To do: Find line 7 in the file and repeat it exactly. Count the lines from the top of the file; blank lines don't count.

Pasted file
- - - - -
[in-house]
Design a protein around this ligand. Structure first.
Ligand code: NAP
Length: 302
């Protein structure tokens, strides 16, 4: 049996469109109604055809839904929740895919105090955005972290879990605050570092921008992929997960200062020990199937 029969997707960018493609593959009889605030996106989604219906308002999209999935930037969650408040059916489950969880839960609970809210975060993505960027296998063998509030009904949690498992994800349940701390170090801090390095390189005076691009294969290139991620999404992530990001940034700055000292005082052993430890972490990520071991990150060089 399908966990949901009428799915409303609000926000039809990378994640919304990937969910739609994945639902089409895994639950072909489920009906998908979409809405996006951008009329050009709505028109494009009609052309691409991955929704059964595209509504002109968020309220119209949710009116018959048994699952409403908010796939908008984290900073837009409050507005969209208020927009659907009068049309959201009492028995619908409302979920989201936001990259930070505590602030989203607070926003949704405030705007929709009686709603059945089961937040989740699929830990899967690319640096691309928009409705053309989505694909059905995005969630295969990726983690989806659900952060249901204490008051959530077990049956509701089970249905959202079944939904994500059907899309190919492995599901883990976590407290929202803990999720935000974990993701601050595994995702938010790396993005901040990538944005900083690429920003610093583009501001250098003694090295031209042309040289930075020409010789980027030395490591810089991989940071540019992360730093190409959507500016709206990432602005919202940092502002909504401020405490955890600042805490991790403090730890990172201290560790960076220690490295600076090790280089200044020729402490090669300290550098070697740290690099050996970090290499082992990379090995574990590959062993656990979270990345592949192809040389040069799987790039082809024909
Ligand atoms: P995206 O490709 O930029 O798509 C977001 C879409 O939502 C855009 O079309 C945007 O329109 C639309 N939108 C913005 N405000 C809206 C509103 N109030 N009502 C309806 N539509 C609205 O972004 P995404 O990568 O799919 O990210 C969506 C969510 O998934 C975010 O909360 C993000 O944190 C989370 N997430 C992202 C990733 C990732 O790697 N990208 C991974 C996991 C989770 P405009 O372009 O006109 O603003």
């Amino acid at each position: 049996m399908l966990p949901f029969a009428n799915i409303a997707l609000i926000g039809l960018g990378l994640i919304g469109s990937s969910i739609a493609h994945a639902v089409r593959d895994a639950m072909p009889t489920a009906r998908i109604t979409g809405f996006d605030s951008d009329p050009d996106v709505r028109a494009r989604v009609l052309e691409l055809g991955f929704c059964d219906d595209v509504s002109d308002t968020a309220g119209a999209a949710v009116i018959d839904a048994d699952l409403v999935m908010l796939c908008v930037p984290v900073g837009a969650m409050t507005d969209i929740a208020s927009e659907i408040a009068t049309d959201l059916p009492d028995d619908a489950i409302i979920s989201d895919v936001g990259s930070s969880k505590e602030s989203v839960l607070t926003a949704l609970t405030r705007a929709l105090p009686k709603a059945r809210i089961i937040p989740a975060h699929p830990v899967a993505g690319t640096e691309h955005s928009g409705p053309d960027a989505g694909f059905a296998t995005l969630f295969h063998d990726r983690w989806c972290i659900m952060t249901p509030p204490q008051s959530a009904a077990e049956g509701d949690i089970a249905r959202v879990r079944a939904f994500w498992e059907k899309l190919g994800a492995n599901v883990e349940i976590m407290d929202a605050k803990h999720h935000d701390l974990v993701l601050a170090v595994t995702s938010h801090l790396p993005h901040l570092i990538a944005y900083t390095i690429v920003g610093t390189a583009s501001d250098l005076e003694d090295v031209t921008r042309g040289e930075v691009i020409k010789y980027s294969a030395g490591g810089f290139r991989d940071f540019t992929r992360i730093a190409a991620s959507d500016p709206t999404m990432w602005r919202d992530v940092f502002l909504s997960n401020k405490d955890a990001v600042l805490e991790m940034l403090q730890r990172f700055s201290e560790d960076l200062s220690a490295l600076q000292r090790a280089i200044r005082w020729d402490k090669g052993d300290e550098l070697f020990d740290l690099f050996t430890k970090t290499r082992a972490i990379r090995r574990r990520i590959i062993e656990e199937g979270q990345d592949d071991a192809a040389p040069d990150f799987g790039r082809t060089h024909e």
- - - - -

């Amino acid at each position: 049996m399908l966990p949901f029969a009428n799915i409303a997707l609000i926000g039809l960018g990378l994640i919304g469109s990937s969910i739609a493609h994945a639902v089409r593959d895994a639950m072909p009889t489920a009906r998908i109604t979409g809405f996006d605030s951008d009329p050009d996106v709505r028109a494009r989604v009609l052309e691409l055809g991955f929704c059964d219906d595209v509504s002109d308002t968020a309220g119209a999209a949710v009116i018959d839904a048994d699952l409403v999935m908010l796939c908008v930037p984290v900073g837009a969650m409050t507005d969209i929740a208020s927009e659907i408040a009068t049309d959201l059916p009492d028995d619908a489950i409302i979920s989201d895919v936001g990259s930070s969880k505590e602030s989203v839960l607070t926003a949704l609970t405030r705007a929709l105090p009686k709603a059945r809210i089961i937040p989740a975060h699929p830990v899967a993505g690319t640096e691309h955005s928009g409705p053309d960027a989505g694909f059905a296998t995005l969630f295969h063998d990726r983690w989806c972290i659900m952060t249901p509030p204490q008051s959530a009904a077990e049956g509701d949690i089970a249905r959202v879990r079944a939904f994500w498992e059907k899309l190919g994800a492995n599901v883990e349940i976590m407290d929202a605050k803990h999720h935000d701390l974990v993701l601050a170090v595994t995702s938010h801090l790396p993005h901040l570092i990538a944005y900083t390095i690429v920003g610093t390189a583009s501001d250098l005076e003694d090295v031209t921008r042309g040289e930075v691009i020409k010789y980027s294969a030395g490591g810089f290139r991989d940071f540019t992929r992360i730093a190409a991620s959507d500016p709206t999404m990432w602005r919202d992530v940092f502002l909504s997960n401020k405490d955890a990001v600042l805490e991790m940034l403090q730890r990172f700055s201290e560790d960076l200062s220690a490295l600076q000292r090790a280089i200044r005082w020729d402490k090669g052993d300290e550098l070697f020990d740290l690099f050996t430890k970090t290499r082992a972490i990379r090995r574990r990520i590959i062993e656990e199937g979270q990345d592949d071991a192809a040389p040069d990150f799987g790039r082809t060089h024909e």